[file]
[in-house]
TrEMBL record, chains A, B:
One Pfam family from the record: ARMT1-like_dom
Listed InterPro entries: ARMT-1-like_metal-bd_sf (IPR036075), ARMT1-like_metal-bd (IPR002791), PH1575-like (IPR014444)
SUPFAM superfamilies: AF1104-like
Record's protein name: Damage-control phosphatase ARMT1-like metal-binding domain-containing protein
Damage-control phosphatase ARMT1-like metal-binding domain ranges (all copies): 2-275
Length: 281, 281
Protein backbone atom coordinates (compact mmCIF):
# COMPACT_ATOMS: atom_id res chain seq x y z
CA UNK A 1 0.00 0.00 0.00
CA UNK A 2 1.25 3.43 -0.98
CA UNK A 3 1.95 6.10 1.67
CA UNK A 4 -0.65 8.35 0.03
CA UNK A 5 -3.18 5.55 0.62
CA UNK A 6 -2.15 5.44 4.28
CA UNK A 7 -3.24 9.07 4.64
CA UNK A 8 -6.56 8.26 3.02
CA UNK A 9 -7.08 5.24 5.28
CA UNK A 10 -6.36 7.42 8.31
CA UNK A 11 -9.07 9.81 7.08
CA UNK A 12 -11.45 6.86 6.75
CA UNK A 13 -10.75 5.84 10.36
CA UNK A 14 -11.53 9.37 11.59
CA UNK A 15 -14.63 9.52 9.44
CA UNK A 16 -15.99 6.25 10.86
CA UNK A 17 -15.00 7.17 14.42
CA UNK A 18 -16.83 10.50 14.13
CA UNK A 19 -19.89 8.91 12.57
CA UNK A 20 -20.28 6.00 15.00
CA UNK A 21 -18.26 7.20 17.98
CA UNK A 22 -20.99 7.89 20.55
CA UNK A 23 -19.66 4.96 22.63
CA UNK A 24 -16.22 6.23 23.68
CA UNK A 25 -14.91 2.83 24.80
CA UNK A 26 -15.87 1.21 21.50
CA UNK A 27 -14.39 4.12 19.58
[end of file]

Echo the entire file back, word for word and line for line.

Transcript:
[in-house]
TrEMBL record, chains A, B:
One Pfam family from the record: ARMT1-like_dom
Listed InterPro entries: ARMT-1-like_metal-bd_sf (IPR036075), ARMT1-like_metal-bd (IPR002791), PH1575-like (IPR014444)
SUPFAM superfamilies: AF1104-like
Record's protein name: Damage-control phosphatase ARMT1-like metal-binding domain-containing protein
Damage-control phosphatase ARMT1-like metal-binding domain ranges (all copies): 2-275
Length: 281, 281
Protein backbone atom coordinates (compact mmCIF):
# COMPACT_ATOMS: atom_id res chain seq x y z
CA UNK A 1 0.00 0.00 0.00
CA UNK A 2 1.25 3.43 -0.98
CA UNK A 3 1.95 6.10 1.67
CA UNK A 4 -0.65 8.35 0.03
CA UNK A 5 -3.18 5.55 0.62
CA UNK A 6 -2.15 5.44 4.28
CA UNK A 7 -3.24 9.07 4.64
CA UNK A 8 -6.56 8.26 3.02
CA UNK A 9 -7.08 5.24 5.28
CA UNK A 10 -6.36 7.42 8.31
CA UNK A 11 -9.07 9.81 7.08
CA UNK A 12 -11.45 6.86 6.75
CA UNK A 13 -10.75 5.84 10.36
CA UNK A 14 -11.53 9.37 11.59
CA UNK A 15 -14.63 9.52 9.44
CA UNK A 16 -15.99 6.25 10.86
CA UNK A 17 -15.00 7.17 14.42
CA UNK A 18 -16.83 10.50 14.13
CA UNK A 19 -19.89 8.91 12.57
CA UNK A 20 -20.28 6.00 15.00
CA UNK A 21 -18.26 7.20 17.98
CA UNK A 22 -20.99 7.89 20.55
CA UNK A 23 -19.66 4.96 22.63
CA UNK A 24 -16.22 6.23 23.68
CA UNK A 25 -14.91 2.83 24.80
CA UNK A 26 -15.87 1.21 21.50
CA UNK A 27 -14.39 4.12 19.58